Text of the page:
There really are numerous ways to write about war. While some elements will always remain the same – especially when one of the novel’s themes are the trenches of WWII – accomplished authors, will still find a way to write something completely new. David Malouf’s Fly Away Peter is an excellent example for this.
Being an Australian writer Malouf writes about the war from the Australian perspective which works on two very different levels. One focuses on the land and nature, the other on the people. I have a feeling I would have overread a lot if I hadn’t seen so many Australian WWI movies and read Charlotte Wood’s stunningly beautiful The Submerge Catherdral (here).
It seems to be a trademark of a lot of Australian writing to emphasize the beauty and uniqueness of the flora and the fauna of the continent. Much of it must seem like paradise to the inhabitants and so it’s not surprising Malouf starts the book with the description of nature. Jim Saddler, a young Australian who has never been outside of the country, knows more than anyone about birds. He lies hidden in the marshes and watches them for hours. Ashley Crowther, another young man, but from a very different background, has returned from England where he went to university and come back to take care of his vast family estate. The marshes are part of it. When the two men meet, something almost miraculous happens. Without knowing Jim, Ashley senses the knowledge and the passion he has for birds and offers him a job. This is a dream come true for Jim, a man from a very modest background. The plan is to turn the marshes into a bird sanctuary and Jim will work there, observing, making lists.
While observing one of the rare birds, Jim meets Imogen, an English woman who arrived in Australia not long ago, and has decided to stay here. She is a photographer and earns a living with nature photography.
When the war breaks out none of the three characters thinks at frist it has a lot to do with Australia but in the end, the two men sign up. Of course Ashley will be an officer, while Jim becomes just a simple soldier.
Once in France, the tone and style of the book changes considerably. During the first half of the book, Malouf’s writing was poetic and the structure of the sentences unconventional but when he starts to describe the horror of the war, the writing, moves into the background and is more conventional.
Most of what is described from Jim’s point of view, we know from other WWI novels; the rats, the mud, the corpses, the gas. That is not new but what is new is how the earth is evoked which leads to comparisons. The rich earth of the Australian marshes produced so much beauty, here the earth swallows up everything, they all sink into it in the end.
One of my favourite war movies, Beneath Hill 60, describes the contribution of Australian miners to WWI. Something the film directors chose to leave out, is mentioned in the book. While digging the tunnel systems beneath Hill 60 and arriving at the enemy lines, the miners discovered the skeleton of a mammoth.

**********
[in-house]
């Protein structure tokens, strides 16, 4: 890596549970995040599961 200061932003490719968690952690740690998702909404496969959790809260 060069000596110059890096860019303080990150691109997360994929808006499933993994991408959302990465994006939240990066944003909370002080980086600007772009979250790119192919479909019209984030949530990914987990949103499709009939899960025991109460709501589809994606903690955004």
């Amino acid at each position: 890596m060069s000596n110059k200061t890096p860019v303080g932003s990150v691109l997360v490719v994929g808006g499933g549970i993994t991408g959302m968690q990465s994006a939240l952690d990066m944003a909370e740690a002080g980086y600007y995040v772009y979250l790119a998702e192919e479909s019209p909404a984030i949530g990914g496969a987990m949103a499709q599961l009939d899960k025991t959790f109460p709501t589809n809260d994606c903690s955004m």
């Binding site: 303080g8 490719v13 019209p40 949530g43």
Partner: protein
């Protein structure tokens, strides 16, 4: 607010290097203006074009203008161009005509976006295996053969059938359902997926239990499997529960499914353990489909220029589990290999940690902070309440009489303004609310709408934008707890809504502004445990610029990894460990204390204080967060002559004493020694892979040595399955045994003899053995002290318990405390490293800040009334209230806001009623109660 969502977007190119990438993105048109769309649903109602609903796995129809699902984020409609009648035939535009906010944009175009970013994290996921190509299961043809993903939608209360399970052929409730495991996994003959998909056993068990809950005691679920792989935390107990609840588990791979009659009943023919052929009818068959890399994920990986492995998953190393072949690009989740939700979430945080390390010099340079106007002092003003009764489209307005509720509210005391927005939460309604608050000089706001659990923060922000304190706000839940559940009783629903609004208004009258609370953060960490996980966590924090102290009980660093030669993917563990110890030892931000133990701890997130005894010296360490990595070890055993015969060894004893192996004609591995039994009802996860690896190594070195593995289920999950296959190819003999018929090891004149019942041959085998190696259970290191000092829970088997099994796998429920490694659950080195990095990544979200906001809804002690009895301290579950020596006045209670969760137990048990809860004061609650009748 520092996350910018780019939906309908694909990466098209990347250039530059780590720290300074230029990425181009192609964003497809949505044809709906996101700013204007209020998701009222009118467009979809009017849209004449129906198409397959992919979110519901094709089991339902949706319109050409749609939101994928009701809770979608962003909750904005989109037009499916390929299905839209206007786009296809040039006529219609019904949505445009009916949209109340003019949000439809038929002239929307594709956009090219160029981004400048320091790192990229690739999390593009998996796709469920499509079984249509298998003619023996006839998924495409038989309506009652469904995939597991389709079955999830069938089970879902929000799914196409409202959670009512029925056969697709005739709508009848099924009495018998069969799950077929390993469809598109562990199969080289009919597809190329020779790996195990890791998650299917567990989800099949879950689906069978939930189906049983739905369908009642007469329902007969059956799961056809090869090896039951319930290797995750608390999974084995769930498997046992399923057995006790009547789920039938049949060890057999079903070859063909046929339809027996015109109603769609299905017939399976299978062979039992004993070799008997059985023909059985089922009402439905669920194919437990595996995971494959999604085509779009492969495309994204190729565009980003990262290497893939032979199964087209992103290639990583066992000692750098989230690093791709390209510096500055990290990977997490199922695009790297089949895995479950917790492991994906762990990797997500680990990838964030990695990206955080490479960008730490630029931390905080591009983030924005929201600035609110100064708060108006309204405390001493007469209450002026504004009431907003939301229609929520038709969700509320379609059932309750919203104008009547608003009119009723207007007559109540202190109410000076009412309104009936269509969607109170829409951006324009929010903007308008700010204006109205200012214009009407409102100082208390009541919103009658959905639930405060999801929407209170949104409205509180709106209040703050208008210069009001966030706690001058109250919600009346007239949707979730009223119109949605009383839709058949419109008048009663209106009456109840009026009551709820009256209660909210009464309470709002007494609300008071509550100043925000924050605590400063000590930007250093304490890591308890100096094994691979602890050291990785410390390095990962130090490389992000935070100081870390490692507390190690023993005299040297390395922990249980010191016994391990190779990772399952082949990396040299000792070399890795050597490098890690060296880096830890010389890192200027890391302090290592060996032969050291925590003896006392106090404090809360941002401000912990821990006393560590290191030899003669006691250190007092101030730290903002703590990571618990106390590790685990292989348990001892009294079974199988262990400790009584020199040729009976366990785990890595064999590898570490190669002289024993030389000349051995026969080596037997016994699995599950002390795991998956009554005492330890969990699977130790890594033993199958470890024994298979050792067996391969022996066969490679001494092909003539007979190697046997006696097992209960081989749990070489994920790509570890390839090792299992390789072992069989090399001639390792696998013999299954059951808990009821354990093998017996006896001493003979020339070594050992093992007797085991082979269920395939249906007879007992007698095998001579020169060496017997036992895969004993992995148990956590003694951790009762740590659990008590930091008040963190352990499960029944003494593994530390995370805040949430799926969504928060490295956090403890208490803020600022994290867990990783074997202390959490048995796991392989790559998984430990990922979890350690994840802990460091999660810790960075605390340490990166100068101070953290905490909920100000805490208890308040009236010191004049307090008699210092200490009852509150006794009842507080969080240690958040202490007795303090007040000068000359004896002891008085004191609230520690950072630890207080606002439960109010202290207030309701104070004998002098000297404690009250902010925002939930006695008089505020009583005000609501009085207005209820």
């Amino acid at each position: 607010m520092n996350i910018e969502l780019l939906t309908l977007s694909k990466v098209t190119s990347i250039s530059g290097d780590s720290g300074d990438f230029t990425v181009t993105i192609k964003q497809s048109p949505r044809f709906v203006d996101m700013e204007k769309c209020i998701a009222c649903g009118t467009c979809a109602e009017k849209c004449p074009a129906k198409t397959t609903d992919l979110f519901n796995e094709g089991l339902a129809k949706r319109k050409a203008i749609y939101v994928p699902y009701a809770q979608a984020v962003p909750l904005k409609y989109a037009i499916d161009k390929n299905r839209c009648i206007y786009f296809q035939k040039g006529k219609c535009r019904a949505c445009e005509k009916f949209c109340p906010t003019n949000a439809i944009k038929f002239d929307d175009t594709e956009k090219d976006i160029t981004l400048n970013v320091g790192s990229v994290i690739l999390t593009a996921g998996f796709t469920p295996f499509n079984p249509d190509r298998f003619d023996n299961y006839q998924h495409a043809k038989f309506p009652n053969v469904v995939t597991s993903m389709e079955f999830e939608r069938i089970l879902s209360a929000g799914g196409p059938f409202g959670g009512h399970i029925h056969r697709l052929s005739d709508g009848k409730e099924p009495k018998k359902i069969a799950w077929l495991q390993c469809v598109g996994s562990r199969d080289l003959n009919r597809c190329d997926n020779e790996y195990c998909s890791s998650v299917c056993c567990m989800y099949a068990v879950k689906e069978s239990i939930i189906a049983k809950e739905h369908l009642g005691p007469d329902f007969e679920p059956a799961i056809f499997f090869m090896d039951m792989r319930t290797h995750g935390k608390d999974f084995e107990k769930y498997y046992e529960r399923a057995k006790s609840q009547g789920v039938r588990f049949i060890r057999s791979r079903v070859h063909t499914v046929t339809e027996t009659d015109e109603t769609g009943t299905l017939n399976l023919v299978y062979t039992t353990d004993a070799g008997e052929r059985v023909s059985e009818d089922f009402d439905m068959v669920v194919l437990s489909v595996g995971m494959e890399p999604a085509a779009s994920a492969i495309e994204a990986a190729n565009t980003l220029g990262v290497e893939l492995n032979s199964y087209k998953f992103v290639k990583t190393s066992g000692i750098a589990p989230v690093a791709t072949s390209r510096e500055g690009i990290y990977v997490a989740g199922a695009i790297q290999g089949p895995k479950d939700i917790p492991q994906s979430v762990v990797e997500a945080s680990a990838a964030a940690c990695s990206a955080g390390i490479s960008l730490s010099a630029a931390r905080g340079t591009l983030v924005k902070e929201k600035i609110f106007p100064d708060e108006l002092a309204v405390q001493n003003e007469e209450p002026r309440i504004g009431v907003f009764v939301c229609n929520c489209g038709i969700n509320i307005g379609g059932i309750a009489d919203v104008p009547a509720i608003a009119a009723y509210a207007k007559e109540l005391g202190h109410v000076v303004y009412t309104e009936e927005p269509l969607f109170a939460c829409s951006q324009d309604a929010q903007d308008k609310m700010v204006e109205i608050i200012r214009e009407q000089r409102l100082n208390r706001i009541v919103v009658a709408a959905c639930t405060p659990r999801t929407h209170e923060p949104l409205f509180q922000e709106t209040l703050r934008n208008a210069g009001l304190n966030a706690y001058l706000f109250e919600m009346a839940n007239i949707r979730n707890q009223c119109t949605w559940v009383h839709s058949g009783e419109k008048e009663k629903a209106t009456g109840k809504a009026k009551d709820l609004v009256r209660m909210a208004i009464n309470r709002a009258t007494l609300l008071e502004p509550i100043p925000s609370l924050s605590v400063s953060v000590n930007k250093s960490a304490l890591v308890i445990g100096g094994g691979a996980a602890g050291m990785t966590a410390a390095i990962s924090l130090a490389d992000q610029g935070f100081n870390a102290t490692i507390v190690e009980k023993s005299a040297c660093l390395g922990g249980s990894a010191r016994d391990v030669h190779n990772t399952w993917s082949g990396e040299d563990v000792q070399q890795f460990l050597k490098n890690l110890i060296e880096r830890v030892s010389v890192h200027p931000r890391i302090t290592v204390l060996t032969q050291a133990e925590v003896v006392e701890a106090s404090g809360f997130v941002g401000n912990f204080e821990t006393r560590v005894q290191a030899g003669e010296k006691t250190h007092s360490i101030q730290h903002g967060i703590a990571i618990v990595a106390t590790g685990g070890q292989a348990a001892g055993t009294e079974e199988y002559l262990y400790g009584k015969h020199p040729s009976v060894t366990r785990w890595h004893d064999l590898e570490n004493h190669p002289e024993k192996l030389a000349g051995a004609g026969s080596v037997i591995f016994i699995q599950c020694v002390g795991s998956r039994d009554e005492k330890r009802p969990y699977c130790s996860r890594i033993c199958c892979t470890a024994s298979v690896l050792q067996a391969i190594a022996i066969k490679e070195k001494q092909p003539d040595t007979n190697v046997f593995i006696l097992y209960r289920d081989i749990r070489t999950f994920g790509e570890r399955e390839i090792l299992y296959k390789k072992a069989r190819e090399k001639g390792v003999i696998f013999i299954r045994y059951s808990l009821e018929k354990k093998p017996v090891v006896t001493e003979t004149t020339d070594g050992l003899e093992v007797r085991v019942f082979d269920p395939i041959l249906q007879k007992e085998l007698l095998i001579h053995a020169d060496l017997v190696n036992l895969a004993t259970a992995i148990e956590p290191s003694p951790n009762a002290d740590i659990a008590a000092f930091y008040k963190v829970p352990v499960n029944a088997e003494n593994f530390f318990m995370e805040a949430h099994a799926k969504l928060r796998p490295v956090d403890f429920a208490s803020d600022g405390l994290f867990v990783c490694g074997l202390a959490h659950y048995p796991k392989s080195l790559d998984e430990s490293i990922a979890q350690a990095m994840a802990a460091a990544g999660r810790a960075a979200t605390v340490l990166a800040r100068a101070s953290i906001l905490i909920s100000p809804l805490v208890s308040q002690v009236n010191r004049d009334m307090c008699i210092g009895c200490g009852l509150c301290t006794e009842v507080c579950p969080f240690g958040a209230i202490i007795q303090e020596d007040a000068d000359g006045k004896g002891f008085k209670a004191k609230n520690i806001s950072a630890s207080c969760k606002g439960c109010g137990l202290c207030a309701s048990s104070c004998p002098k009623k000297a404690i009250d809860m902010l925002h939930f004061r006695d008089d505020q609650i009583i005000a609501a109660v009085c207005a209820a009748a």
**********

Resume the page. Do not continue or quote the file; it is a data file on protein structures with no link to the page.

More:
Jim is a witness of this discovery. It’s a key scene in the novel as it is an example of continuity.
It was a great wonder, and Jim stared along with the rest. A mammoth, thousands of years old. Thousands of years dead. It went back to the beginning, and was here, this giant beast that had fallen to his knees so long ago, among the recent dead, with the sharp little flints laid out beside it which were also a beginning. Looking at them made time seem meaningless. (….)
Continuity is a major theme of the book, continuity and opposites. The land and nature exist and will always exist. They are endless while humanity is not and the individual man even less so. Man creates opposites, the good and the bad, the ugly and the beautiful, the cowardly and the heroic, they all take place inside of the continuity.
The mammoth is a symbol for this and so are Imogen’s photos. At the end of the novel she thinks about how she met Jim. She captured a bird on a photo while he captured it in his mind. The bird is long gone and so is the picture in Jim’s mind because Jim is gone, but it’s still here, as she remembers both and there is still the photo as well.
It’s hard to do justice to a book like Fly Away Peter in a short post. I hope I was able to convey the beauty and make you curious to find out for yourself. I couldn’t help but had to compare it to two other shorter WWI novels we read last year, Susan Hill’s Strange Meeting (here is the review) and How Many Miles to Babylon by Jennifer Johnston (here is the review). While the latter will always be my favourite, Fly Away Peter is excellent as well and adds another dimension. It contains a rich a meditation and philosophical exploration of WWI from an Australian perspective which is well worth reading.
Have you read David Malouf? Which is your favourite of his books?
If you’d like to read another review, Danielle hast posted about it here.